Jennifer Love Hewitt is about to get her hands dirty in her new
Lifetime series "The Client List."
In a lot of ways, she's like her character. In other ways ... not so much.
"Being sort of a feisty young lady from Texas comes naturally to me because that's sort of who I am really, and I've grown up in a household of feisty Texas women," said the Waco native.
But playing Riley Parks, a single mother deserted by her husband who takes a job as a massage therapist at a day spa only to discover massages aren't the only client services, is a "whole different ballgame," said the actress, who starred in the 2010 Lifetime TV movie of the same name.
"Obviously, sort of being so overtly sexy and provocative - that part of it is not something, by nature, I've put on display before or really put out there before," she said in a recent teleconference. "And that part's just been sort of fun and exciting and, you know, I feel like I'm at a good age for it. I'm 33 years old, and I think, if I was younger, it would feel more saucy and daring.
"But, at 33, I'm a grown woman -- this is what we do ... You sort of find your femininity and your strength and your own sexuality in sort of playing a part like this - much like I think Riley sort of discovers as the series goes on."
The role means Hewitt often appears scantily dressed as a woman who finds herself having to balance her morals and an opportunity that could resolve her financial hardships. Her secret life is one her conservative family and friends couldn't accept. Cybill Shepherd reprises her role from the TV movie as Riley's hairdresser mother.
Playing a sexy girl is not usual for Hewitt, who was the subject of many a teen boy's fantasy in films like "Can't Hardly Wait," "The Heartbreakers," "I Know What You Did Last Summer" and on Fox's "Party of Five" and "Ghost Whisperer."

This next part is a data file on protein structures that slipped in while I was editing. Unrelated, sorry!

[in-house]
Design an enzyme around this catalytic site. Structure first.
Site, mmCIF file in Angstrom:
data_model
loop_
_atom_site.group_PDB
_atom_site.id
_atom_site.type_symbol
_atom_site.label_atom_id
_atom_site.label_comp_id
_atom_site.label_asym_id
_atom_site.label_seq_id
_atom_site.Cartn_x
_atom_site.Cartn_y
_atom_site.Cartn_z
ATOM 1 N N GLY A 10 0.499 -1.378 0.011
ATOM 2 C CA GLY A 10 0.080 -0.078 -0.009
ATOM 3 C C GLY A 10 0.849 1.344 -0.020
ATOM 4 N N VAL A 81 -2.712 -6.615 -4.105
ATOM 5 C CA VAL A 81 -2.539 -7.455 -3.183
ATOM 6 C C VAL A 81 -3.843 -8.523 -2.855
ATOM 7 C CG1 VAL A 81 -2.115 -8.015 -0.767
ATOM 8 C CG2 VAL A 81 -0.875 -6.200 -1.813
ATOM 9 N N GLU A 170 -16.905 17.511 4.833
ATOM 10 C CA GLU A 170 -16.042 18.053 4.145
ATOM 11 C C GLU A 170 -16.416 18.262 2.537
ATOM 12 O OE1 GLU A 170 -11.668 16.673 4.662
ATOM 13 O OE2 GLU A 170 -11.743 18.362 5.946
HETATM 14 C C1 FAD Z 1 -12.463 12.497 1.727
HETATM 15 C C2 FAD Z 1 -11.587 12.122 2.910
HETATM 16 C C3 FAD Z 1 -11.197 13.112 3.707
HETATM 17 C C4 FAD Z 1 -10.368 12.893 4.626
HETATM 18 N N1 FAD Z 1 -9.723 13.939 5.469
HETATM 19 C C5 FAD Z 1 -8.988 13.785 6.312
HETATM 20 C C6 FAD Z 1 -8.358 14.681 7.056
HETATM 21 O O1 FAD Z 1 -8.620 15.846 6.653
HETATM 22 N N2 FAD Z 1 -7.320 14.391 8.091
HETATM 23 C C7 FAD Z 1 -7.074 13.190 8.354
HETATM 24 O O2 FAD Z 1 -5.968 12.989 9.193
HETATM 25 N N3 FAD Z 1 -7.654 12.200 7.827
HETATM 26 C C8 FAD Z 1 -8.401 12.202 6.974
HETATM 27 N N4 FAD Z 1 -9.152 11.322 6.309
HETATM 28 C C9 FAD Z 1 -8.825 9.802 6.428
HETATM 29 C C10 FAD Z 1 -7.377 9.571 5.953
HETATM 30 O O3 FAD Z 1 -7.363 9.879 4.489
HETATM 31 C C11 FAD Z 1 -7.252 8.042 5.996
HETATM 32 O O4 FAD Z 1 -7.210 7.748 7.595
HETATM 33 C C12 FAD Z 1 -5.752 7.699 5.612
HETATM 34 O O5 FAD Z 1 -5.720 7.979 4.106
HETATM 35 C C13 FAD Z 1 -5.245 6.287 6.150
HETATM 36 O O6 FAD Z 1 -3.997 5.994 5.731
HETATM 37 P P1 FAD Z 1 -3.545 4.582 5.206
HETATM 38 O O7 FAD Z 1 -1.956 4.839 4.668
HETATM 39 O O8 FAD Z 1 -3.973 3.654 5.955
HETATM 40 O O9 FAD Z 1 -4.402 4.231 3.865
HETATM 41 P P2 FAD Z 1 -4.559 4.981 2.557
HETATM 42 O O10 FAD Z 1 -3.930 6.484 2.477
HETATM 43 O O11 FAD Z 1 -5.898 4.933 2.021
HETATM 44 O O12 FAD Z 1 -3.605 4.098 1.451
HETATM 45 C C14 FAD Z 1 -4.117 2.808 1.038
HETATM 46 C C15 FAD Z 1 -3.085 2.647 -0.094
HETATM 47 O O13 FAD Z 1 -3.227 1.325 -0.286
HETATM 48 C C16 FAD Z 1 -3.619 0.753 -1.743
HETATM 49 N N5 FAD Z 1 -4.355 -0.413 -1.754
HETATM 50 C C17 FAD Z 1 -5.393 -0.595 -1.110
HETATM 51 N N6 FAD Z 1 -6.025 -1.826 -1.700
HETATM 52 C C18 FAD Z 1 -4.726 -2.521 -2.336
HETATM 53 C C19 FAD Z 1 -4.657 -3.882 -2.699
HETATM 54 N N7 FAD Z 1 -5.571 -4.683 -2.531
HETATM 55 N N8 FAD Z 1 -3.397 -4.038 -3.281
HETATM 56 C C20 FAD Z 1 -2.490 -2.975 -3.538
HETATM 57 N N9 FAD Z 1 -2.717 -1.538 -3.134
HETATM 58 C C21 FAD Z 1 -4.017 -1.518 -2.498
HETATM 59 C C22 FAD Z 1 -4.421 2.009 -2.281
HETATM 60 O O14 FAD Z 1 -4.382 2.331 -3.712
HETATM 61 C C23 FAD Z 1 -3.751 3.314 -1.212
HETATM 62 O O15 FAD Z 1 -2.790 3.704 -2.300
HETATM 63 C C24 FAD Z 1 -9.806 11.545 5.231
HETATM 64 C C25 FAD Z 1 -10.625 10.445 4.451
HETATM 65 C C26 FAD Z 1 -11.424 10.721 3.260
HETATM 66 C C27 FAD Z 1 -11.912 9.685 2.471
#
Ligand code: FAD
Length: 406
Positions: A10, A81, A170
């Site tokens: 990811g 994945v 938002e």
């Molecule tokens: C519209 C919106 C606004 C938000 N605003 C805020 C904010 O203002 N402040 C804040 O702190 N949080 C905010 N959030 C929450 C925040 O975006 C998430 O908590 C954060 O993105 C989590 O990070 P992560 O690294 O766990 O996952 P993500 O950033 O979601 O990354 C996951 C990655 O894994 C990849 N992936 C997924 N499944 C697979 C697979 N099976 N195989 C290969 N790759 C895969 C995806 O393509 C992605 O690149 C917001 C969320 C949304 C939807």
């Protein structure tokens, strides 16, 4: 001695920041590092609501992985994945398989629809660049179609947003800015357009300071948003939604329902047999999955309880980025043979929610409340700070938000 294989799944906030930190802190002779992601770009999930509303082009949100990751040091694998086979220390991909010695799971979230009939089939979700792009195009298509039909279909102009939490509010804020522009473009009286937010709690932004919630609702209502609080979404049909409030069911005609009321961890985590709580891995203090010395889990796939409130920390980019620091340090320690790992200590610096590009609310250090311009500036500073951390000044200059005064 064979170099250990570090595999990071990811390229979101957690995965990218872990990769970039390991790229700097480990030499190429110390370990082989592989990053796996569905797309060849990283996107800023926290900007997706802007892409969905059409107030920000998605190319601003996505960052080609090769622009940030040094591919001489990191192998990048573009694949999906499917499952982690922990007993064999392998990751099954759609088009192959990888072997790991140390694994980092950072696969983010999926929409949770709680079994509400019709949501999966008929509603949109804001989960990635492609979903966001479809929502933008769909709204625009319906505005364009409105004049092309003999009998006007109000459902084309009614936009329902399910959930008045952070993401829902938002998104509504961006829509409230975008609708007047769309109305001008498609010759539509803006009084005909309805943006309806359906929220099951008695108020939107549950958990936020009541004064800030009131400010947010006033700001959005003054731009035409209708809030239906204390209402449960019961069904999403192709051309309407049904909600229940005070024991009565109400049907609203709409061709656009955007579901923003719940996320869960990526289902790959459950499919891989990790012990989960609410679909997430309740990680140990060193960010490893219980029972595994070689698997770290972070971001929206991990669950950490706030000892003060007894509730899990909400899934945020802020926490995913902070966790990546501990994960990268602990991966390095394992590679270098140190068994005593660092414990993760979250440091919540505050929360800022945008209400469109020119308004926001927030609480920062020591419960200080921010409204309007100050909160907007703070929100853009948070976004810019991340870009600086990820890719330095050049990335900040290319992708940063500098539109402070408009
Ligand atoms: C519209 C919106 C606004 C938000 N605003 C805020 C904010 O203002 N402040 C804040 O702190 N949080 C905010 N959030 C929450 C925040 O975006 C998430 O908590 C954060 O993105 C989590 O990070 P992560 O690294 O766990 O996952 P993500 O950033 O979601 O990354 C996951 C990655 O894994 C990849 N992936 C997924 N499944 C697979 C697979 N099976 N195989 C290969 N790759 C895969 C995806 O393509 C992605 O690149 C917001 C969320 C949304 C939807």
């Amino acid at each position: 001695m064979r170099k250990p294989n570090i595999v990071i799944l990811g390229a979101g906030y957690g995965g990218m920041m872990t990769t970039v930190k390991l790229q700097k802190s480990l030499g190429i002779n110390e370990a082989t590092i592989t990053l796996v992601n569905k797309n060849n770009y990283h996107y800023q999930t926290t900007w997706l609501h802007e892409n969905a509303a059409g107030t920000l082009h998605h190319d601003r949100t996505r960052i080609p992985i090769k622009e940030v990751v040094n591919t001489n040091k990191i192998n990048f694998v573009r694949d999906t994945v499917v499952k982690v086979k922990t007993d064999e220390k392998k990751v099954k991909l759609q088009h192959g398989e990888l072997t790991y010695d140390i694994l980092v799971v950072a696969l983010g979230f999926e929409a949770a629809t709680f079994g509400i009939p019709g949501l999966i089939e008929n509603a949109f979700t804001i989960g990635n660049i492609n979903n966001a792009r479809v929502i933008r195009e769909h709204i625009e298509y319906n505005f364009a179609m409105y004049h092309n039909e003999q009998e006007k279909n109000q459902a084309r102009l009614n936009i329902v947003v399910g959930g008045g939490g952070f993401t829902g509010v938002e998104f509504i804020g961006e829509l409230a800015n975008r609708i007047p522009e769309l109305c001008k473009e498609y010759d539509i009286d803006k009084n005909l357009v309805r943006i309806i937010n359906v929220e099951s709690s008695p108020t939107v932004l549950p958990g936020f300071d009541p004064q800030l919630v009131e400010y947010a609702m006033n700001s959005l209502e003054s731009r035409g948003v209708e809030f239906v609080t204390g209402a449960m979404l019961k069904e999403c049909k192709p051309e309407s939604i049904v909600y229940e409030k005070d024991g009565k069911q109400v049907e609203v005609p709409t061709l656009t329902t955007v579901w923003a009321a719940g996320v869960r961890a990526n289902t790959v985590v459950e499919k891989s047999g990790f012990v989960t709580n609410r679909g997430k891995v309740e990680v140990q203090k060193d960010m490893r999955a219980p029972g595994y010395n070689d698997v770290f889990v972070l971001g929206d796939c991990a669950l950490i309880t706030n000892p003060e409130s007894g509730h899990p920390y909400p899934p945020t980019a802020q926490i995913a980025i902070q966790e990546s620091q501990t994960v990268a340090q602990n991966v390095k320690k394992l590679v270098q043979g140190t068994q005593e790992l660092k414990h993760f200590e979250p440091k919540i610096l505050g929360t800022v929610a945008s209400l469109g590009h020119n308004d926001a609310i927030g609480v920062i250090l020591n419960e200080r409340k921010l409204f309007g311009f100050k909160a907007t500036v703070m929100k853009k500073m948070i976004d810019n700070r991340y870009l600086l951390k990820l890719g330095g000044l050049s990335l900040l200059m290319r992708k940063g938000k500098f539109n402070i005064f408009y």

But she said playing that type of role for a Lifetime series or film is the best possible circumstance.
"It hasn't been as scary as I thought it was going to be," she said. "... I feel like I'm doing it in a really safe place. There is no better place to do it than a network that is about empowering, inspiring women. You know, I'm not at some network that wants to take advantage of that stuff."
And she's not self-conscious playing the character who turns into a business woman.
"I knew what I was getting into. I mean that's definitely been my career at different ages. ... I think there is a time and a place for it ... It's just what she does, who she is. It's never in inappropriate places."
The actress, who has guest-starred on "Hot in Cleveland" and has a romantic comedy coming out with Rita Wilson and Jamie-Lynn Sigler, said her series is "provocative" and pushes the envelope, pulling back just in time, and that is what makes "provocative" TV interesting.
"I think people are watching it," she said. "If you look at 'Dexter' and look at 'Nurse Jackie' and look at 'The Sopranos,' I think (that it shows) people like provocative television. ... Television is supposed to allow you to escape into other worlds and watch people do things and forget about your life for a minute."
On one side, her character, Riley, is struggling with financial hardship - something being experienced by families everywhere, she said.
On the other side is the fantasy that happens in the massage parlor run by Loretta Devine ("Grey's Anatomy") who insists 90 percent of what goes on in her workplace is nothing but massages. But the other 10 percent -- handled by Devine's group of attractive employees -- is another matter, and it includes "a client list of men who want a little something extra."
"I think her (Riley) being a single mom with two kids is real," said Hewitt, who is called Love -- her middle name -- by friends and family. "But I do think that what happens in those rooms with those clients and the sanity that she creates for them -- all of that is meant to be in good fun.
"It's meant to be provocative, and it's meant to be a fantasy."
The 33-year-old said she's not really sure what has allowed her to continue to work as an actress for the past 24 years. But she may have a bit of an idea.
"I think I've always had respect for the business that I've been in. I've tried not to act too crazy or disrespect the opportunities I have been given or the people who have believed in me. So I think that helps.
"I also think some of it is just luck. ... I think I've just been blessed, and I don't necessarily know what keeps one person here longer than somebody else but I couldn't feel more grateful."
'THE CLIENT LIST'
When: 9 p.m. Sunday
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